Jan 052011

The wisdom of The Hall continues to amaze me. For as many knowledgeable individuals who dazzle with their rock knowledge, it is the collective wisdom of our participants that I find most dazzling.

It is in this spirit that I want to allow for further amazement—not only for the people but by the people. I was going to try to turn this into my own original post, maybe even do a few minutes of research on the Web, but then I thought better of it. Instead, I’d like to pose a question to the collective wisdom of The Orockle.

The question I’d like to pose—and one that I hope will inspire other questions we’d like to have asked when we had more time to find the answers ourselves—will follow a little bit of background. Read on, please.

I’m a big fan of The Specials‘ second album, More Specials. I especially like the weird “cocktail ska” songs on that album, like this one, “I Can’t Stand It,” featuring—maybe unfortunately so, if you don’t share my taste for awkward, off-key British girl singing—Rhoda Dakar in, for the most part, a unison duet with equally delightfully awkward and imprecise Terry Hall. My question concerns whatever it is that happens in the final section of the song, beginning at the 3:08 mark of this video. I have a hard enough time grasping the mechanics of harmony singing when two precises vocalists sing together, but when Dakar jumps up to a higher plane than she had in previous, paralell points in the song I’m really confused—and even more delighted. Is she suddenly jumping up to a harmony line and octave higher than the natural harmony where Hall is singing?

This question will likely be a no-brainer for The Orockle, but my hope is that it will inspire others to pose their long-held music-theory mysteries for analysis and discussion. Thank you.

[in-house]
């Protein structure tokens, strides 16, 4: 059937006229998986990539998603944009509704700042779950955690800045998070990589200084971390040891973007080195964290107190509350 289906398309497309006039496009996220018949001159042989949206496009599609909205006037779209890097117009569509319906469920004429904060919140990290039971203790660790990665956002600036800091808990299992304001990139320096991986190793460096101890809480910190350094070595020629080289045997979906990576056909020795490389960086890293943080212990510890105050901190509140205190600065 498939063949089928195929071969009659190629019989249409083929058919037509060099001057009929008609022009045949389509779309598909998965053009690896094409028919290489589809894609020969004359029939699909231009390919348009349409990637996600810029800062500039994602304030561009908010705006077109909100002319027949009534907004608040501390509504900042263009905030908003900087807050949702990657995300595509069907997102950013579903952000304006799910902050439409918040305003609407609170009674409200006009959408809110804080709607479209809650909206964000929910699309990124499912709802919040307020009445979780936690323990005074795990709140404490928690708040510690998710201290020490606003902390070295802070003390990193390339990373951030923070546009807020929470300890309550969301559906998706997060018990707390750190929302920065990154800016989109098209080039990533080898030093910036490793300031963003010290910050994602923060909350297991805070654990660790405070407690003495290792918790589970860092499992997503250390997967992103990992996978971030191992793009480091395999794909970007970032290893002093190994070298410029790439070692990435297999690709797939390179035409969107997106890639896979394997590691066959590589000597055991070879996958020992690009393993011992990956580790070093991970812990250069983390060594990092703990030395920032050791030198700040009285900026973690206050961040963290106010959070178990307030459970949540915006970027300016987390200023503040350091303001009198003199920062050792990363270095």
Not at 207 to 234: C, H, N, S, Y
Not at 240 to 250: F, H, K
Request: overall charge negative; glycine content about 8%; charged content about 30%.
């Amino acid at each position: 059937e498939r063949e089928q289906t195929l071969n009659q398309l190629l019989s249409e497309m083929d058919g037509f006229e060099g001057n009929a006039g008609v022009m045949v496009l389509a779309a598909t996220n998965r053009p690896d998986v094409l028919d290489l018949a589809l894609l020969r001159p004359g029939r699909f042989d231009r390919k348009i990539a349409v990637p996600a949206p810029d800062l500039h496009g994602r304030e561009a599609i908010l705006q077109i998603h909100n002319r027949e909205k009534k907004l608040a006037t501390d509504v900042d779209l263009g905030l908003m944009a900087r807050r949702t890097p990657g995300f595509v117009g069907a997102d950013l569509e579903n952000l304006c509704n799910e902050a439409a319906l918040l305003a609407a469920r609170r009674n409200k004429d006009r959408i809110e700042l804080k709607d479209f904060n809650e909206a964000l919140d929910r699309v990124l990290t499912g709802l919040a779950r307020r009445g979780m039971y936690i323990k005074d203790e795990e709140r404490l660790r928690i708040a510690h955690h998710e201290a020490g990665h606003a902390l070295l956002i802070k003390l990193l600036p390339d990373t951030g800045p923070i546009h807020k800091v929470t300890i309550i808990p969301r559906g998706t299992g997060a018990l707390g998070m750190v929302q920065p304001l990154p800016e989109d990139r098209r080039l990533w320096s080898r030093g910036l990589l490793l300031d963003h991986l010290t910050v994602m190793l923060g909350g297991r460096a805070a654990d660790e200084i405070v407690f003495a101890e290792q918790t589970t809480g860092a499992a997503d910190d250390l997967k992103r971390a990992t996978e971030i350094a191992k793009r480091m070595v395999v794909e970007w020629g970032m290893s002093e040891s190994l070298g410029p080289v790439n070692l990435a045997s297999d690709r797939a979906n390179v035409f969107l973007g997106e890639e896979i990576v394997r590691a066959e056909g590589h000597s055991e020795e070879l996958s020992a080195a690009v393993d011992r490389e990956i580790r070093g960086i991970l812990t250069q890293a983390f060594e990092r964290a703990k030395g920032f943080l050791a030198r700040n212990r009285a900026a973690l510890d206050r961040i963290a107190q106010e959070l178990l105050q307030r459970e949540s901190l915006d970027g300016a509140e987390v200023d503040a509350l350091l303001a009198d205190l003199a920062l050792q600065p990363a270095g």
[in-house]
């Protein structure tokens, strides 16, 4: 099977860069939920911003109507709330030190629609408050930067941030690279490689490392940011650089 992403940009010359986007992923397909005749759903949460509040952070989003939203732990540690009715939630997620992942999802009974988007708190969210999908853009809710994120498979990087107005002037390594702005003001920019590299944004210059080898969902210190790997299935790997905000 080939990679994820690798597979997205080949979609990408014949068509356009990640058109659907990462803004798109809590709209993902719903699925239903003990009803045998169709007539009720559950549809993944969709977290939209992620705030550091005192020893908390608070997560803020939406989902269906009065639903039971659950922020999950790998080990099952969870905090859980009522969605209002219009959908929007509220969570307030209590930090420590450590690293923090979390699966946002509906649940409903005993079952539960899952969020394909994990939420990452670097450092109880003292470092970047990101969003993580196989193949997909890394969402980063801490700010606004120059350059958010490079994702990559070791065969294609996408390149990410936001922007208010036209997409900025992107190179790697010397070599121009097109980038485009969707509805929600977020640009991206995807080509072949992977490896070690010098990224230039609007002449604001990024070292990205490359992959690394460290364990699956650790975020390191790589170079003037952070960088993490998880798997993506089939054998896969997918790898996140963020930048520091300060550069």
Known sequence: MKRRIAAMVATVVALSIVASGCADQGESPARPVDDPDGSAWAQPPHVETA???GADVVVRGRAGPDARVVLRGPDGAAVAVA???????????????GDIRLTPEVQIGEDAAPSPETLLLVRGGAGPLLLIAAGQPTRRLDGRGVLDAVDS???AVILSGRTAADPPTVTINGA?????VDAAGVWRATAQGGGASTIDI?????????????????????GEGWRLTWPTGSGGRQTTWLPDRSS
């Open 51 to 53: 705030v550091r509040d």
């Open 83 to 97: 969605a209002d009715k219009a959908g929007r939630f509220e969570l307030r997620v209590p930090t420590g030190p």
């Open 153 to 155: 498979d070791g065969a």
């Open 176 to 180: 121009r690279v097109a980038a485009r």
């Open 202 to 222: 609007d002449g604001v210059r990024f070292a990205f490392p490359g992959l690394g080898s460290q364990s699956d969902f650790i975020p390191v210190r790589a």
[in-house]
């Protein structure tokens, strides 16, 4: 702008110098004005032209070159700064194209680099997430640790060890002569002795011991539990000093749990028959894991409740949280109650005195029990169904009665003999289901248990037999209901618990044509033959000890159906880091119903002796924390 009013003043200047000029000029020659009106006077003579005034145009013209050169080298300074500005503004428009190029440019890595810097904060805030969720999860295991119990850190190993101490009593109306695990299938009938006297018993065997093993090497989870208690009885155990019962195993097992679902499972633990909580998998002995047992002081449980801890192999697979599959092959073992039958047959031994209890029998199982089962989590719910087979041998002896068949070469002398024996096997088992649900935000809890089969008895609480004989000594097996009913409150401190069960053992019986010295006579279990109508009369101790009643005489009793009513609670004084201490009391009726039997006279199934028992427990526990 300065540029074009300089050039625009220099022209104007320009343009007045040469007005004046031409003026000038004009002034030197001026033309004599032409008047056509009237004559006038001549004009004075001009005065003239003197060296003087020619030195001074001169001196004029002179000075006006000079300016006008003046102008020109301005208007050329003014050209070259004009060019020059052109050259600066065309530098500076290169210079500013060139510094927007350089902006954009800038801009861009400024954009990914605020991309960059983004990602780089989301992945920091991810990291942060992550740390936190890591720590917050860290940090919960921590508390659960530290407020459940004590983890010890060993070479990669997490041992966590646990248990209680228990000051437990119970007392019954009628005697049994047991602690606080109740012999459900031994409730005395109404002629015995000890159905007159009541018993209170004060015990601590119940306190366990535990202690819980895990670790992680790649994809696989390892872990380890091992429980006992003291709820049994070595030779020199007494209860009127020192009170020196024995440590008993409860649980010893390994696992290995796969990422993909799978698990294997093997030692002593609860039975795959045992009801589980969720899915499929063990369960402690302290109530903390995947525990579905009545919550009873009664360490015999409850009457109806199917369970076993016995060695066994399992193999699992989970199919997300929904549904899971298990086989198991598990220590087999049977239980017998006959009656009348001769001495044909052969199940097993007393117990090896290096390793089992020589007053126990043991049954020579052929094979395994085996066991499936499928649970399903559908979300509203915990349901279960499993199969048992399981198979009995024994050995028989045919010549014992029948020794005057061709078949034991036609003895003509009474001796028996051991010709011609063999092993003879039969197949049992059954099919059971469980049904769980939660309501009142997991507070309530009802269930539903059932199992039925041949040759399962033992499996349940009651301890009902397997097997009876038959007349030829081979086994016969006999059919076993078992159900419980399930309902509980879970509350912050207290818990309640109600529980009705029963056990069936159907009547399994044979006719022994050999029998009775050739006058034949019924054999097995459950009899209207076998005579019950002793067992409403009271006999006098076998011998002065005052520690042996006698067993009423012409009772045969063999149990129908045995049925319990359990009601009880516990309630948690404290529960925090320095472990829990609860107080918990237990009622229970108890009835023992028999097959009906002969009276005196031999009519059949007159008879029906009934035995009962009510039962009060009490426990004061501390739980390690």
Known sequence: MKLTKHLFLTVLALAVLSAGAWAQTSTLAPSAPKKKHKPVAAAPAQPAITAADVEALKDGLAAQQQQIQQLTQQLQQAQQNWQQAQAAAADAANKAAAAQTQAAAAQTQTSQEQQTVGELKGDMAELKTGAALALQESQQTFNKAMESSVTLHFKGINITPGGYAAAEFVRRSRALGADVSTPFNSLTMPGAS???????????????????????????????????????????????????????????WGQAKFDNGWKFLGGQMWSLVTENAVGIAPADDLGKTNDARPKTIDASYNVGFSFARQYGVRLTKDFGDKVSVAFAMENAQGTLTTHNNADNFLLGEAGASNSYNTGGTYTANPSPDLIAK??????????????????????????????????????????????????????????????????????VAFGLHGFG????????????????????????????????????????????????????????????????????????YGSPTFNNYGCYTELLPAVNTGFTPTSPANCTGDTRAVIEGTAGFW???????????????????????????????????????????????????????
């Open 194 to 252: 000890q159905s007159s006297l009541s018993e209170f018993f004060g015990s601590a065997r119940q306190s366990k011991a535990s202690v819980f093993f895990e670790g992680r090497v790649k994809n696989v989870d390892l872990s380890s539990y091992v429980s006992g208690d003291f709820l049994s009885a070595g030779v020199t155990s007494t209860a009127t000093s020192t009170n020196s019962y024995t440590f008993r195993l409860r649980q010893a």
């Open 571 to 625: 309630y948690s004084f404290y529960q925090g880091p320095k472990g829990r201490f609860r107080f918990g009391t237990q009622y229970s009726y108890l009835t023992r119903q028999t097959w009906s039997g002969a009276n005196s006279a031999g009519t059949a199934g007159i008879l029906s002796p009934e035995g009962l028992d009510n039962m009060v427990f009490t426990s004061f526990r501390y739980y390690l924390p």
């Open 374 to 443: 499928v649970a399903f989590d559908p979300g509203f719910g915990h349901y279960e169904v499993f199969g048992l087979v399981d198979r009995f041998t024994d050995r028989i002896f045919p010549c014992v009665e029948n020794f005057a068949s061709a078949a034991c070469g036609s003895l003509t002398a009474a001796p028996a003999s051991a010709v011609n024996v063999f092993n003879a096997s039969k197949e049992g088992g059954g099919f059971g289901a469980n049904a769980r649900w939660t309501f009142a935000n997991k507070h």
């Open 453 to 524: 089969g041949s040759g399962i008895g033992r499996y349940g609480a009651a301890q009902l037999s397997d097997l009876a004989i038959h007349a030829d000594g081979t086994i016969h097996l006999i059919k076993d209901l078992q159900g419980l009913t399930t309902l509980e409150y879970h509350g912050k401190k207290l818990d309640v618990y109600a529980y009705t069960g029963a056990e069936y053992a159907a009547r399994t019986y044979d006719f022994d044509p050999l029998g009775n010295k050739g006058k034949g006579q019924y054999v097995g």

14 Responses to “Consult the Orockle: Rhoda Dakar’s Leap in the Final Segment of The Specials’ “I Can’t Stand It””

  1. cherguevara

    Sounds like she’s just going up a 3rd and singing a parallel line, changing the interval when needed. I think it’s just the looseness of it and the hard panning of the two vocals that make it seem weirder than it really is.

  2. BigSteve

    I agree that it’s a fairly normal harmony line that only sounds unusual because of the perversity of the mix. Also her dramatically wobbly vibrato doesn’t really work that well with Terry Hall’s flat, deadpan vocal style. It might have made more sense to have her sing harmony throughout instead of just that last bit, but nothing about this album makes conventional sense.

    Btw Ms. Dakar was a featured vocalist on this track on the recent (2009) Madness album:


    Notice how she sings in a much lower register now, though still pretty warbly. Also notice that the track fades out with a cheesy drum machine sound vaguely similar to the one on I Can’t Stand It. A nod to their old Two Tone buddies maybe?

  3. Pretty cool, BigSteve. I had no idea she was still around or that Madness was still making records.

  4. cherguevara

    Listen to it in mono, see if it still sounds weird to you. Things that are supposed to be working in harmony, like backing vocals and horn sections, work better in mono. I say this objectively.

  5. Could be, but to me one of the charms of that album is the ridiculously split mix. It’s often like listening to two albums at once. For me, More Specials is one of those albums that pointed the way toward a type of music making that would never be fulfilled.

  6. The voices also sound odd because they are very out of synch, Rhoda consistently ahead of the beat and Terry always on the back end. Are they in unison for the rest of the song except for that one line where Rhoda goes to a minor sounding change?

    I’d need to sit down with an instrument in my hand to check that out.

  7. Yeah, it seems like they’re in unison (albeit shakily) throughout the song until that point.

  8. Remember, in this particular thread, The Orockle welcomes other questions regarding mysterious music-theory occurences. “Bring ’em on,” sayeth The Orockle.

  9. bostonhistorian

    Madness’s “Liberty of Norton Folgate”. album is really good, especially the title track.

  10. cherguevara

    Second chord of “I am the cosmos.” Go.

  11. The tabs say this:


    D to a D with a C# in the bass to an Em. That seems to make sense, but the Big Star guys do have a knack for making their guitars jangle just so. Does anyone know what kind of axes they played in the early days?

  12. cherguevara

    I don’t think that’s right.

    C# E A B E, more like a C#m7 than a D/C#

  13. Could be, cher. I haven’t pulled out my guitar yet. I wonder if HVB knows this one. It’s up one of his stylistic alleys – and he seems to have a much better ear than I do.

  14. cherguevara

    I’ll add that I don’t think I’m right either, that’s why I ask.

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